Gerald Herbert AP

Originally published on Thu March 1, 2012 7:03 pm

The tussle over every last delegate in the GOP nomination battle could get ugly, if what happened in Michigan late Wednesday is any indicator.

In a 4-2 vote, the Credentials Committee of the Michigan Republican Party apparently reversed course on a stated delegate selection formula and awarded both statewide delegates to Mitt Romney. The committee includes three Romney supporters, but no Rick Santorum supporters.

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Politics
6:45 am
Fri March 2, 2012

UAW chief: Unions seek Mich. 'right-to-work' ban

United Auto Workers President Bob King says a coalition of unions will push for an amendment to the Michigan Constitution that bars so-called "right-to-work" legislation outlawing contracts that require employees to join unions.

Republicans who control the state Legislature have been pushing for a law that would ban labor agreements with mandatory union dues. Republican Gov. Rick Snyder has said the issue is not a priority for his administration.

King told about 1,000 people at the UAW's national convention in Washington on Thursday that a union coalition will push for a November ballot issue protecting the right to have union shops.

The Detroit News reports King says unions agreed on the drive at a meeting Wednesday. He says they'll seek 500,000 signatures, about twice what's needed.

Politics
6:36 am
Fri March 2, 2012

From Michigan's U.P. to Detroit, political allies from the unlikeliest of places

Detroit skyline
JSFauxtaugraphy Flickr

A lawmaker from the Upper Peninsula says every region in the state could benefit from a strong and vibrant Detroit.

Republican state Senator Tom Casperson has become an unlikely advocate for a regional transit system in southeast Michigan that would connect Wayne, Macomb, Oakland and Washtenaw counties.

Casperson’s district in the U.P. would not benefit directly from the transit system. But the U.P. could benefit long term from newfound political ties to Detroit.

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Politics
6:22 am
Fri March 2, 2012

MSU edits public copy of lawmaker’s traffic stop

Republican state Representative Bob Genetski
Photo courtesy of Rep. Genetski's office

Michigan State University has cut portions of a videotape and police report on the arrest of a state lawmaker who is a key decision-maker on higher education spending. State Representative Bob Genetski was stopped last month on the MSU campus and arrested for drunk driving.

The news service M-Live requested the police report and video after the full versions were used in a public hearing. MSU at first refused, but later provided versions that redacted Genetski’s responses to field sobriety tests such as reciting the alphabet, counting, and standing on one leg.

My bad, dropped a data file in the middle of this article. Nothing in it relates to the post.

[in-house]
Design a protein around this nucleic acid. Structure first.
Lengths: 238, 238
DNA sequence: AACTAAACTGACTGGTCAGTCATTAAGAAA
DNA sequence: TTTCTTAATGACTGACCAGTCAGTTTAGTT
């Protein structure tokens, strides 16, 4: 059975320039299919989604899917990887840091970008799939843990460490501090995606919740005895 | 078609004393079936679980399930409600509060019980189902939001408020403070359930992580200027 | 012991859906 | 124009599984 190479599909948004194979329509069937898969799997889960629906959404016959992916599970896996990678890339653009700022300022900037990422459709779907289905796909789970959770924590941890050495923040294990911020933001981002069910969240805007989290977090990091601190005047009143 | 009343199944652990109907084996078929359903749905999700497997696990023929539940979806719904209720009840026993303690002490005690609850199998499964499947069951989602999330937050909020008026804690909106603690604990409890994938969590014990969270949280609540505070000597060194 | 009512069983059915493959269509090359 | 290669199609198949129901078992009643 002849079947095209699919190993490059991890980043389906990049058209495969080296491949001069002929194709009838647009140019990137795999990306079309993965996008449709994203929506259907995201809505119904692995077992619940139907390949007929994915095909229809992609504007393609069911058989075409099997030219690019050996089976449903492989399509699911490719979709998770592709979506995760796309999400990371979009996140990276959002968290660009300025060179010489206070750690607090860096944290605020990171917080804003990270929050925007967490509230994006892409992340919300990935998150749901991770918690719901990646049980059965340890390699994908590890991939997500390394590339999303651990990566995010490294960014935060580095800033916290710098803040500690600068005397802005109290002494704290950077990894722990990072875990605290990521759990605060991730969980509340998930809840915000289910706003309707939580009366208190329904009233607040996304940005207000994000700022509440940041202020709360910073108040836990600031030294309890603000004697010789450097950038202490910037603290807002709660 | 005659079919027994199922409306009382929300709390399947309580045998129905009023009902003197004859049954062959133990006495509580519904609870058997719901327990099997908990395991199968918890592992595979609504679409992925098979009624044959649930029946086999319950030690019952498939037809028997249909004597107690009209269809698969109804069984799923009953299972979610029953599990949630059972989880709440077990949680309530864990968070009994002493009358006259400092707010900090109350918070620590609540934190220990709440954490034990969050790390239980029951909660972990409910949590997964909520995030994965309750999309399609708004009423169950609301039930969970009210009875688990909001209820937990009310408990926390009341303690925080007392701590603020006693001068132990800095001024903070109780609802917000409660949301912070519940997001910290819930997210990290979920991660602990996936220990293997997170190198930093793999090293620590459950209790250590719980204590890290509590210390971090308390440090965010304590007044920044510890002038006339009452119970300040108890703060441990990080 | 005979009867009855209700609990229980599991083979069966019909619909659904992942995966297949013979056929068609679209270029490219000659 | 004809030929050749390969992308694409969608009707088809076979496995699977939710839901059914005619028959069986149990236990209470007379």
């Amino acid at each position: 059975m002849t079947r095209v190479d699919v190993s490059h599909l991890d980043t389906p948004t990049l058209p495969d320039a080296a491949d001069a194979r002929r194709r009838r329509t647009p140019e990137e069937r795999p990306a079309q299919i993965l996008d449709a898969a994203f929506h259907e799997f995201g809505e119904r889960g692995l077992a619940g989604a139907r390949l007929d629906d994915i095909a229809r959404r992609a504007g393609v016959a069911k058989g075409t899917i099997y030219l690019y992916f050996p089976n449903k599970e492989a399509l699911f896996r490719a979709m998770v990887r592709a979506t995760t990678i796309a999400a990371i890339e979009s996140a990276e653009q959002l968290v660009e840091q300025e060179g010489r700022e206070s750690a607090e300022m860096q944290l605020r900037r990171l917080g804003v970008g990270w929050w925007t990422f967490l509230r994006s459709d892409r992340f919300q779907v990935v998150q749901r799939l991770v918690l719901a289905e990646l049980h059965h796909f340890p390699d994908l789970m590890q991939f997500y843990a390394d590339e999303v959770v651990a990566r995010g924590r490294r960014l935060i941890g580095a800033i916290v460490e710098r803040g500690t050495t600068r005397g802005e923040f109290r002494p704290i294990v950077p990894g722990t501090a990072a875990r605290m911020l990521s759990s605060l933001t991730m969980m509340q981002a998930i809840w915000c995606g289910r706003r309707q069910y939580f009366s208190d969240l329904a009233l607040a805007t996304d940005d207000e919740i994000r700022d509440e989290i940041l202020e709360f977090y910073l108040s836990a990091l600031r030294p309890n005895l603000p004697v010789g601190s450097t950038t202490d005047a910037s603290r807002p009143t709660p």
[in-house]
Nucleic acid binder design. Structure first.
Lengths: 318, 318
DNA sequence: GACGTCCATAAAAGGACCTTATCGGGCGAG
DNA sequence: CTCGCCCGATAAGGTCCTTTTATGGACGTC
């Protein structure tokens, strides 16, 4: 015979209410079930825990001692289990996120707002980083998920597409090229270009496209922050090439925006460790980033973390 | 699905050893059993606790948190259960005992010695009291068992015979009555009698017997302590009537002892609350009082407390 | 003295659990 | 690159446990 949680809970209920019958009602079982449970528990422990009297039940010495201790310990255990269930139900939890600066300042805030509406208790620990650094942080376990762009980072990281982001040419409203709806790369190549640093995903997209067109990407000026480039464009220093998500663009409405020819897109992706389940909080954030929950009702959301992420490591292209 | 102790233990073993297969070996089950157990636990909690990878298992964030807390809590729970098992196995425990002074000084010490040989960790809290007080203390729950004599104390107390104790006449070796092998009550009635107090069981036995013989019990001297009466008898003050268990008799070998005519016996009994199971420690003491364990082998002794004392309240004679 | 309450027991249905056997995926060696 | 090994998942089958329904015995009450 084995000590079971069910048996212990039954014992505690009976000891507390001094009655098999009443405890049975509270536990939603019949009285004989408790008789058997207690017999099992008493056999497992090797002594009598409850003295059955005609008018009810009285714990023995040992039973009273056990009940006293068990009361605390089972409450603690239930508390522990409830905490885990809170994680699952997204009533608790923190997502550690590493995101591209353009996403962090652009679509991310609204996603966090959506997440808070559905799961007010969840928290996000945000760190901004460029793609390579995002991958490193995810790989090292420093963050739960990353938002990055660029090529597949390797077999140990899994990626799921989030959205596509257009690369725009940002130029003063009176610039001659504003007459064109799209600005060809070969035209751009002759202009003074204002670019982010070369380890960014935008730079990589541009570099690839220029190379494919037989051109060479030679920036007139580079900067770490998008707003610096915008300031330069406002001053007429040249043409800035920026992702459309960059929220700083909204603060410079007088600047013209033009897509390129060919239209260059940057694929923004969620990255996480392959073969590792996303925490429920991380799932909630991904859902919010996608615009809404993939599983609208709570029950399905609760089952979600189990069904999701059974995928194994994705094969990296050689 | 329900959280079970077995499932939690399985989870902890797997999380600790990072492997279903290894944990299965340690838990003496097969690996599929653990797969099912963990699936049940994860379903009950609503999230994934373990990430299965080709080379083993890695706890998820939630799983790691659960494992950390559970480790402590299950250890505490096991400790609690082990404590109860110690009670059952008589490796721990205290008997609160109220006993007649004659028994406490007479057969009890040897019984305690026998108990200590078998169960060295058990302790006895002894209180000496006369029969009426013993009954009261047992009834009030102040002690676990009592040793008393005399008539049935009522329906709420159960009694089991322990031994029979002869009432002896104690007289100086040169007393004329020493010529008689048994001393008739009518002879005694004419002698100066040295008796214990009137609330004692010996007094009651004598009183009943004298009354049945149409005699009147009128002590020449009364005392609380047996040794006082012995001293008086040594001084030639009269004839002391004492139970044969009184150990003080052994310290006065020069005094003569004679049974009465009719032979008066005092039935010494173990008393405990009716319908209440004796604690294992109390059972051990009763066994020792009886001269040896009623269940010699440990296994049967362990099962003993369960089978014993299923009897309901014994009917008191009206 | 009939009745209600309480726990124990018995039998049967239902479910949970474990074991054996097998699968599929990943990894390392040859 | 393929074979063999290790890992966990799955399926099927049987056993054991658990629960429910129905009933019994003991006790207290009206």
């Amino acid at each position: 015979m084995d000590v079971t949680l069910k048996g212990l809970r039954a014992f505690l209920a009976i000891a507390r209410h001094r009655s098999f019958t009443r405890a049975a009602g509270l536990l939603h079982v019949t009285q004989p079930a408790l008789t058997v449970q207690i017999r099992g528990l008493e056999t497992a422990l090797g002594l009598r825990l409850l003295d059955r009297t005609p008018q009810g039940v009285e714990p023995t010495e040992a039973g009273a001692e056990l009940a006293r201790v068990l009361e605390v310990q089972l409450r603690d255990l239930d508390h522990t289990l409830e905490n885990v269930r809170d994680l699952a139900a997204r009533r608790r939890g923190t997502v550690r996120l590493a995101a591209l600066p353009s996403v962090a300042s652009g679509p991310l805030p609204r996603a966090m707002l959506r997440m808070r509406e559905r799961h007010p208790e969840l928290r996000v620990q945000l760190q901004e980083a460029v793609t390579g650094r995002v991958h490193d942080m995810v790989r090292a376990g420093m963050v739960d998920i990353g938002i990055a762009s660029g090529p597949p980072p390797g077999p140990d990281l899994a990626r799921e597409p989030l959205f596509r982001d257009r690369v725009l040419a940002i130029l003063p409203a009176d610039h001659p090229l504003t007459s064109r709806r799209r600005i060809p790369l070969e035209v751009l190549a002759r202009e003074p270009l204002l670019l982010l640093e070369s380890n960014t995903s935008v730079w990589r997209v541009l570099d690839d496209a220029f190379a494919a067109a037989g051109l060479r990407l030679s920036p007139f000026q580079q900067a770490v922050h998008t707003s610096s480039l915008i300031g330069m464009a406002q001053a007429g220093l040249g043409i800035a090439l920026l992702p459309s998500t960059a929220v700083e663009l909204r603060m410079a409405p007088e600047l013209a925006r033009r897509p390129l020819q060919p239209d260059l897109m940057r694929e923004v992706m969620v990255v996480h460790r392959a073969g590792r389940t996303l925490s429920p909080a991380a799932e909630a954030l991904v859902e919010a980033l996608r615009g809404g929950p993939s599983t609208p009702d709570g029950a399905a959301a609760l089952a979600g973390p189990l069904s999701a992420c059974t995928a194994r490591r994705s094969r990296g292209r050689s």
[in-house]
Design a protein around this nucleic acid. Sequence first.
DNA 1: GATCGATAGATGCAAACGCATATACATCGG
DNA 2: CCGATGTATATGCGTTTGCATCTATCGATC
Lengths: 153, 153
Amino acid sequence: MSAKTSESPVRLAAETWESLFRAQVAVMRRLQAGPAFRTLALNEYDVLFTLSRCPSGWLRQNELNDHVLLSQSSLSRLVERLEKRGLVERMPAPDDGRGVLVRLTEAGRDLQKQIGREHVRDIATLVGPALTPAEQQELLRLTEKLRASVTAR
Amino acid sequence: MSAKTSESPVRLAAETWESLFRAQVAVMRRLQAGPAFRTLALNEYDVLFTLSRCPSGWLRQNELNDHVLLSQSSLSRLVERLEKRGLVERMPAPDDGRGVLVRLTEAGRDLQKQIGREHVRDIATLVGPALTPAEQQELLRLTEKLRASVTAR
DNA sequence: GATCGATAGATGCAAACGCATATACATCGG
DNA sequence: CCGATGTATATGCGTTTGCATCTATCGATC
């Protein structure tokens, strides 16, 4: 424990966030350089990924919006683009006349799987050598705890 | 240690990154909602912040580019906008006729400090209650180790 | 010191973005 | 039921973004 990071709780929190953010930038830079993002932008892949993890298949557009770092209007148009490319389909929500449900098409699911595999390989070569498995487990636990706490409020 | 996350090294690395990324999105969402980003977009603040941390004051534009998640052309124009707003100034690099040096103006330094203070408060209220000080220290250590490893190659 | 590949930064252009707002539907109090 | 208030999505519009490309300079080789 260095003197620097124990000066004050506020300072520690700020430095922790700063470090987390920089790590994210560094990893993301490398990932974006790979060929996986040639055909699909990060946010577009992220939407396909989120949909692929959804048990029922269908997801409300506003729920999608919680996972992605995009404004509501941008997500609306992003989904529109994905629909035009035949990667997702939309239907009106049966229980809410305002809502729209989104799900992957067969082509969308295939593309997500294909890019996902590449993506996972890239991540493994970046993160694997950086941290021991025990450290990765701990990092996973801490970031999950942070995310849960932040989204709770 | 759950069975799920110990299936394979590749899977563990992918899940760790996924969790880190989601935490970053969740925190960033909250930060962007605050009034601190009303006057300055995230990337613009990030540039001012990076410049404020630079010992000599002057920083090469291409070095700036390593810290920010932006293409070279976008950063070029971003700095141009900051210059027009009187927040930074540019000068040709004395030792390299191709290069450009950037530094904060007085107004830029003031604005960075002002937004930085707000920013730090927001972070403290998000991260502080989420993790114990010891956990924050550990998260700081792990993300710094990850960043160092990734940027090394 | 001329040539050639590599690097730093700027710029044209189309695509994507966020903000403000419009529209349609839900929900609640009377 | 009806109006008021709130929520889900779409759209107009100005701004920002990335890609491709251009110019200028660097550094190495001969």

Michael MacLaren is the executive director of the Michigan Press Association. He says MSU’s action undermines the public’s trust in open government.

“It’s very troubling. And I worry about the pattern of behavior that would ensue from this. It just doesn’t smell right.”

An MSU spokesman says the redacted portions would have needlessly invaded Genetski’s privacy and that every freedom of information request to MSU is reviewed by a lawyer. Genetski chairs the House higher education budget subcommittee.

You can find the incident report (with portions cut out) here.

energy
6:33 pm
Thu March 1, 2012

Nuclear watchdog goes after operators of Palisades plant

NRC.gov

A nuclear watchdog group is asking the Nuclear Regulatory Commission to take stronger enforcement actions against the Palisades Nuclear Plant in South Haven.

The Nuclear Regulatory Commission will increase scrutiny at the plant because of a downgrade in its safety performance rating.

But Thomas Saporito says that’s not good enough. “I think the conduct by the NRC is outrageous. I think the NRC misrepresented to the public that the plant is being operated safely. It most certainly is not operating safely,” Saporito said.

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Education
6:00 pm
Thu March 1, 2012

Collaboration calling on lawmakers for more education dollars

A statewide group launched a campaign Thursday demanding state lawmakers invest more money in public education.

Victoria Kovari is the lead organizer at the Michigan Organizing Collaborative. It’s a network of faith-based, community and labor leaders. Kovari says they want lawmakers to significantly reverse the trend of education cuts in Michigan over the past decade.

“This is a statewide problem. It affects rich and poor districts, city and suburban and rural districts all across the state. And it affects the lives of real people; young people and parents and teachers,” Kovari said.

The collaborative is asking people to sign an online petition to lawmakers. She hopes the request will make a difference as lawmakers craft the state budget over the next few months.

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Politics
5:35 pm
Thu March 1, 2012

FBI launches anti-public corruption task force in Detroit

The FBI is pulling together a multi-agency task force fight public corruption in the Detroit area.

The task force will include several federal agencies, federal prosecutors, the Michigan Attorney General, the Michigan State Police, and Detroit Police.